The Economics Department

ECO 301 • Introduction To Economics

34180 • Hickenbottom, Wayne
Meets MWF 10:00AM-11:00AM RLP 0.126
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This course will be a mixture of both Micro and Macro Economics.  Students who wish to be an Economics major MAY NOT use this course toward the major and should take ECO 304K and ECO 304L.

  • Students will learn how economists describe and measure the economy, in the aggregate, as well as specific markets such as the labor market, the housing market, financial markets, and international trade.  Concepts for measurement and data will be covered.
  • Students will learn how economists organize their analysis of economic choices by thinking about how individuals (i) respond to incentives, (ii) seek out exchange in markets, and (iii) form, and participate in, various economic institutions.
  • Students will learn how to think about strategic behavior (for example, markets with a small number of firms, or negotiating trade agreements among a small number of countries).
  • Students will learn about “externalities” and “public goods,” which, by conferring costs or benefits that are not appropriated by individuals or that are “non-rival” in nature (for example, once discovered, a technology can be used by many at the same time), provide reasons for government regulation, taxation, and government-provided goods and services.

ECO 304K • Introduction To Microeconomics

34185 • Hickenbottom, Wayne
Meets MWF 12:00PM-1:00PM FAC 21
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ANALYSIS OF THE ECONOMIC BEHAVIOR OF INDIVIDUAL CONSUMERS, FIRMS, AND WORKERS; SPECIAL ATTENTION TO THE ROLE OF MARKETS.

DESIGNED TO ACCOMMODATE 100 OR MORE STUDENTS.

This course provides an introduction to the theory of how consumers and business firms behave in the market economy. The topics include demand and supply in a competitive market, optimal consumption choice by the individual household given its budget constraint, the producer's costs and output decisions, the demand for labor and other inputs, and economic outcomes under product demand structures ranging from perfect competition to pure monopoly. For specific instructor syllabi and requirements, contact individual instructor.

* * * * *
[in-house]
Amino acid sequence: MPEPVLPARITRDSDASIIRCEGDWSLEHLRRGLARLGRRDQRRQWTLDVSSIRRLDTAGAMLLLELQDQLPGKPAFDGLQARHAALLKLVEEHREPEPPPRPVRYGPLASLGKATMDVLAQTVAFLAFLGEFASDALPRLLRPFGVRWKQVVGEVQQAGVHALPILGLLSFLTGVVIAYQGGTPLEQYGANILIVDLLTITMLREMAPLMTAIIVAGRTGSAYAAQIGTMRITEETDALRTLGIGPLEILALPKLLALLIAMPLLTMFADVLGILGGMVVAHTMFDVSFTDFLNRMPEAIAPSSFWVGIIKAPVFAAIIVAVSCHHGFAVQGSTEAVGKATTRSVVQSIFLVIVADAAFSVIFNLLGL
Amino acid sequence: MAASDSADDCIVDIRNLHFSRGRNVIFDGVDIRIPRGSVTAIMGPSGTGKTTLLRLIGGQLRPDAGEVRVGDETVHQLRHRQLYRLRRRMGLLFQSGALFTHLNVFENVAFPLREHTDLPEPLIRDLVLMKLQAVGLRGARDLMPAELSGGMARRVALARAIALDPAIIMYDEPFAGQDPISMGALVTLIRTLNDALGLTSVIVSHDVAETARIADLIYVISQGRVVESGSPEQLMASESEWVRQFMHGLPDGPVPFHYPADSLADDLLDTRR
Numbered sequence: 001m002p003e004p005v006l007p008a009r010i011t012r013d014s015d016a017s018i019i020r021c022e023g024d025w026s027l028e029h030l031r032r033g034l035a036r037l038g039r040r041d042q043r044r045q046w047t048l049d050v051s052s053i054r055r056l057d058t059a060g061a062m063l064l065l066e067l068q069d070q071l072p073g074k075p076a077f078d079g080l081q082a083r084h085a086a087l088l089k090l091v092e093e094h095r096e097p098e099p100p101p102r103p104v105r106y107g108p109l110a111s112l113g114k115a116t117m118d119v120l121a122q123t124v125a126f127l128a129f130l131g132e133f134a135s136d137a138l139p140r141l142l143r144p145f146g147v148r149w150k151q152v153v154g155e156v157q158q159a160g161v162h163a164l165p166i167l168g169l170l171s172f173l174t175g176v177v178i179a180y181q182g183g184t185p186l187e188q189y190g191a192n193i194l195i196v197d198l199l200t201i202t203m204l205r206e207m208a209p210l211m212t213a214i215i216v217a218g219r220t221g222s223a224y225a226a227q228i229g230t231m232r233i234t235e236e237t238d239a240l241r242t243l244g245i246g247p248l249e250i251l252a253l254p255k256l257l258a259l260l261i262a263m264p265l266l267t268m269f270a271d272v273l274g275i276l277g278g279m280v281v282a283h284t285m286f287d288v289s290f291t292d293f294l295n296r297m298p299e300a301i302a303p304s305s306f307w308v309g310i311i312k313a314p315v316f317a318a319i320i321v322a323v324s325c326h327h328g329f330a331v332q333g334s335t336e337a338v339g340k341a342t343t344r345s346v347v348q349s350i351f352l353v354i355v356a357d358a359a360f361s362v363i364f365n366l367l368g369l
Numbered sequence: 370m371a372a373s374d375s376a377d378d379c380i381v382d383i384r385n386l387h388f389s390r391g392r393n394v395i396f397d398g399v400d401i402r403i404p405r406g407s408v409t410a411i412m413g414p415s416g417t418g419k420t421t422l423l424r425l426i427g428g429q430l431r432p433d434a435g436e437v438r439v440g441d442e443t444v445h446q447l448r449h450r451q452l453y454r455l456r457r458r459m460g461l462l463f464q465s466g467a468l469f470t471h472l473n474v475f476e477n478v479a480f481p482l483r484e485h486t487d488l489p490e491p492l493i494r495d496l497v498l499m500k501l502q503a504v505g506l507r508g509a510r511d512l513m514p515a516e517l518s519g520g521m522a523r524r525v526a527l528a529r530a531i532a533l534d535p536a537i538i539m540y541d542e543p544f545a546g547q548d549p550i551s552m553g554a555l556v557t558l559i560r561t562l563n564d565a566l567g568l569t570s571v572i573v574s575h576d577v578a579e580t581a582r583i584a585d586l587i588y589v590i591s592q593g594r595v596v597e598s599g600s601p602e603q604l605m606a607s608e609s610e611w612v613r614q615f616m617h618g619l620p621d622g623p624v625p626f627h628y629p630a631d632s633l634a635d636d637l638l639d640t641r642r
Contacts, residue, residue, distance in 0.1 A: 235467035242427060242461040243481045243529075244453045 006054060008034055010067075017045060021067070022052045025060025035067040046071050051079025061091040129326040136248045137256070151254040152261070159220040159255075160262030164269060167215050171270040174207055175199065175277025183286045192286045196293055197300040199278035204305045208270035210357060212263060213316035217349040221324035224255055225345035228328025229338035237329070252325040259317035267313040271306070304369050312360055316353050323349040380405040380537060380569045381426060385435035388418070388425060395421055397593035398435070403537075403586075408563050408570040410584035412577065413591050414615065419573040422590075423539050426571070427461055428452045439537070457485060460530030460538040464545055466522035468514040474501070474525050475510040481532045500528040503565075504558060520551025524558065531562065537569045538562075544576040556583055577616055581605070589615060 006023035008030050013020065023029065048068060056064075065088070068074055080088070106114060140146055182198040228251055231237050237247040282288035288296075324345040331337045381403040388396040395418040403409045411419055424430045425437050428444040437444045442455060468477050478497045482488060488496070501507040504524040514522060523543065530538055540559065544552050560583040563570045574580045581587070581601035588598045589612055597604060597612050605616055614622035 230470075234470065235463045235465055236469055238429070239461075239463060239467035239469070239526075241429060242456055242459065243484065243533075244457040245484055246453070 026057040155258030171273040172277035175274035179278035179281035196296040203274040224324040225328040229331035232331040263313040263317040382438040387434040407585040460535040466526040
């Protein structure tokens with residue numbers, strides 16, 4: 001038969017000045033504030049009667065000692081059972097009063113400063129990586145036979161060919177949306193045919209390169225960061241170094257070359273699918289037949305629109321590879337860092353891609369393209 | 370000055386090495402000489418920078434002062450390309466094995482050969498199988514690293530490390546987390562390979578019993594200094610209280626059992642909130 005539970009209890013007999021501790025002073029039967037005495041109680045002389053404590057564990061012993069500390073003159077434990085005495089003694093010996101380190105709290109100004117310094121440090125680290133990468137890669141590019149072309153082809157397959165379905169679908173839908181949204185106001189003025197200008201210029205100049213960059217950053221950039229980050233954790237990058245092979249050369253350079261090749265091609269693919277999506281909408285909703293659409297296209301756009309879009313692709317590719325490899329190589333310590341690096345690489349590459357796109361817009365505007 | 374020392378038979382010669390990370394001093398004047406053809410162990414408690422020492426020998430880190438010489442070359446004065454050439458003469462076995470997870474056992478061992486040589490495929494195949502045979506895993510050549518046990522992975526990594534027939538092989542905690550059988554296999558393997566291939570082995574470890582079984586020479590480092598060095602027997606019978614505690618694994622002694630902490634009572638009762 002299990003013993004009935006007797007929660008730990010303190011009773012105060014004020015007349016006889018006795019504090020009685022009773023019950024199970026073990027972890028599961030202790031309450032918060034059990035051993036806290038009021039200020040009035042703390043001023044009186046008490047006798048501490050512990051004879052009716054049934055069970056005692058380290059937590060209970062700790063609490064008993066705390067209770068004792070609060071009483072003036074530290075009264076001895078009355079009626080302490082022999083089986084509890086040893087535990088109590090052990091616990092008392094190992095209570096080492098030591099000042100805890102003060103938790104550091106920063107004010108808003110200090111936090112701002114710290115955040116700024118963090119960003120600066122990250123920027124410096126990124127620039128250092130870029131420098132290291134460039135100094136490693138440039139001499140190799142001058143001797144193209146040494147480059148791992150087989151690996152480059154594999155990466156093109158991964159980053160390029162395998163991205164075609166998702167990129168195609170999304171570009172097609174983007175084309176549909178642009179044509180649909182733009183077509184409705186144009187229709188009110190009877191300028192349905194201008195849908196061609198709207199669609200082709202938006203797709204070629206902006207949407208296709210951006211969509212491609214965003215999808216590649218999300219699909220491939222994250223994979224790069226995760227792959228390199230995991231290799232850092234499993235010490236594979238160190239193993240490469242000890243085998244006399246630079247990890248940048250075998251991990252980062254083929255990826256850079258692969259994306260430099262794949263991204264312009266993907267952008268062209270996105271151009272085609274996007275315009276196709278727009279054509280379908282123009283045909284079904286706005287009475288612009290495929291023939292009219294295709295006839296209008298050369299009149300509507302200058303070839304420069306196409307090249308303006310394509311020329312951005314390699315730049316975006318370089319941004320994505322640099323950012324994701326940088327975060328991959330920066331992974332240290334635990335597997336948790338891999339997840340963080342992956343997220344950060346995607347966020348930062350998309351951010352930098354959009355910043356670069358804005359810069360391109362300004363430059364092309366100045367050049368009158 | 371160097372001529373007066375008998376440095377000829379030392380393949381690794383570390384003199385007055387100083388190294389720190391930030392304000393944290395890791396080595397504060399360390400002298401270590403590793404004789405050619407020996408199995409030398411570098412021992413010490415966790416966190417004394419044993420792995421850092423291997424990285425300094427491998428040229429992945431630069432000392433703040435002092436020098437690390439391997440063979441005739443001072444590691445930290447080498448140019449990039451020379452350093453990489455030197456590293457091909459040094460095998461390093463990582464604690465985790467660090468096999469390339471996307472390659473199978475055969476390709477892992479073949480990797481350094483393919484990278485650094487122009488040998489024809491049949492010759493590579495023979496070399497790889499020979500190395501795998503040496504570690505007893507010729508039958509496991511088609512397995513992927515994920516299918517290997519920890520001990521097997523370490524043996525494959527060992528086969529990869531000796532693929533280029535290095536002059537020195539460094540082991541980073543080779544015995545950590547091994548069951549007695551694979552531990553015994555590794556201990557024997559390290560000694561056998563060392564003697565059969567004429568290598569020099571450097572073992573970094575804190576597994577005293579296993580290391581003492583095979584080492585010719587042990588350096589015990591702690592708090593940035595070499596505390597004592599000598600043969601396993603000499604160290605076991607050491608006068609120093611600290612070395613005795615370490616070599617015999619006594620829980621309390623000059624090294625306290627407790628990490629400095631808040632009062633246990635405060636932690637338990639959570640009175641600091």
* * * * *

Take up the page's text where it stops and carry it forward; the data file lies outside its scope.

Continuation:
ECO 304L • Introduction To Macroeconomics

34190 • Mostashari, Shalah
Meets TTH 12:30PM-2:00PM GSB 2.124
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ANALYSIS OF THE ECONOMY AS A WHOLE (ITS ORGANIZATION AND THE BASIC FORCES INFLUENCING ITS GROWTH AND DEVELOPMENT); MONEY AND BANKING, NATIONAL INCOME, PUBLIC FINANCE, AND INTERNATIONAL LINKAGES.

PREREQUISITE: ECONOMICS 304K WITH A GRADE OF AT LEAST C-.

DESIGNED TO ACCOMMODATE 100 OR MORE STUDENTS.

This course is designed to introduce students to the vocabulary, concepts and models of analysis of macroeconomics. We will discuss the behavior of the aggregate economy, particularly the Gross Domestic Product; Consumption; Savings; Investment,Unemployment; Inflation; the role of the Monetary System and and Policy, the role of Taxes, Government Spending and Fiscal Policy; the National Debt and Government Budget Deficits and Surpluses; Exports, Imports and International Trade.

 


ECO 304L • Introduction To Macroeconomics

34195 • Mostashari, Shalah
Meets TTH 11:00AM-12:30PM WCP 1.402
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ANALYSIS OF THE ECONOMY AS A WHOLE (ITS ORGANIZATION AND THE BASIC FORCES INFLUENCING ITS GROWTH AND DEVELOPMENT); MONEY AND BANKING, NATIONAL INCOME, PUBLIC FINANCE, AND INTERNATIONAL LINKAGES.

PREREQUISITE: ECONOMICS 304K WITH A GRADE OF AT LEAST C-.

DESIGNED TO ACCOMMODATE 100 OR MORE STUDENTS.

This course is designed to introduce students to the vocabulary, concepts and models of analysis of macroeconomics. We will discuss the behavior of the aggregate economy, particularly the Gross Domestic Product; Consumption; Savings; Investment,Unemployment; Inflation; the role of the Monetary System and and Policy, the role of Taxes, Government Spending and Fiscal Policy; the National Debt and Government Budget Deficits and Surpluses; Exports, Imports and International Trade.

 


ECO 320L • Macroeconomic Theory

34255 • Sahin, Aysegul
Meets MW 3:00PM-4:30PM WAG 201
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THEORY OF THE DETERMINATION OF NATIONAL INCOME, EMPLOYMENT, AND THE PRICE LEVEL, WITH POLICY IMPLICATIONS. REQUIRED OF STUDENTS MAJORING IN ECONOMICS.

PREREQUISITE: ECONOMICS 420K WITH A GRADE OF AT LEAST C-.

The purpose of this course is to further students' understanding of the central ideas of macroeconomics.  We will study long-run economic growth and short-run economic fluctuations.  Once we have a basic understanding of these phenomena, we will discuss the main macroeconomic tools of the government, fiscal policy and monetary policy.  By the end of the semester, students should be able to critically read articles on current economic issues that appear in publications such as The New York Times, The Wall Street Journal, and The Economist.


ECO 320L • Macroeconomic Theory

34250 • Trinque, Brian
Meets MWF 11:00AM-12:00PM RLP 1.104
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THEORY OF THE DETERMINATION OF NATIONAL INCOME, EMPLOYMENT, AND THE PRICE LEVEL, WITH POLICY IMPLICATIONS. REQUIRED OF STUDENTS MAJORING IN ECONOMICS.

PREREQUISITE: ECONOMICS 420K WITH A GRADE OF AT LEAST C-.

The purpose of this course is to further students' understanding of the central ideas of macroeconomics.  We will study long-run economic growth and short-run economic fluctuations.  Once we have a basic understanding of these phenomena, we will discuss the main macroeconomic tools of the government, fiscal policy and monetary policy.  By the end of the semester, students should be able to critically read articles on current economic issues that appear in publications such as The New York Times, The Wall Street Journal, and The Economist.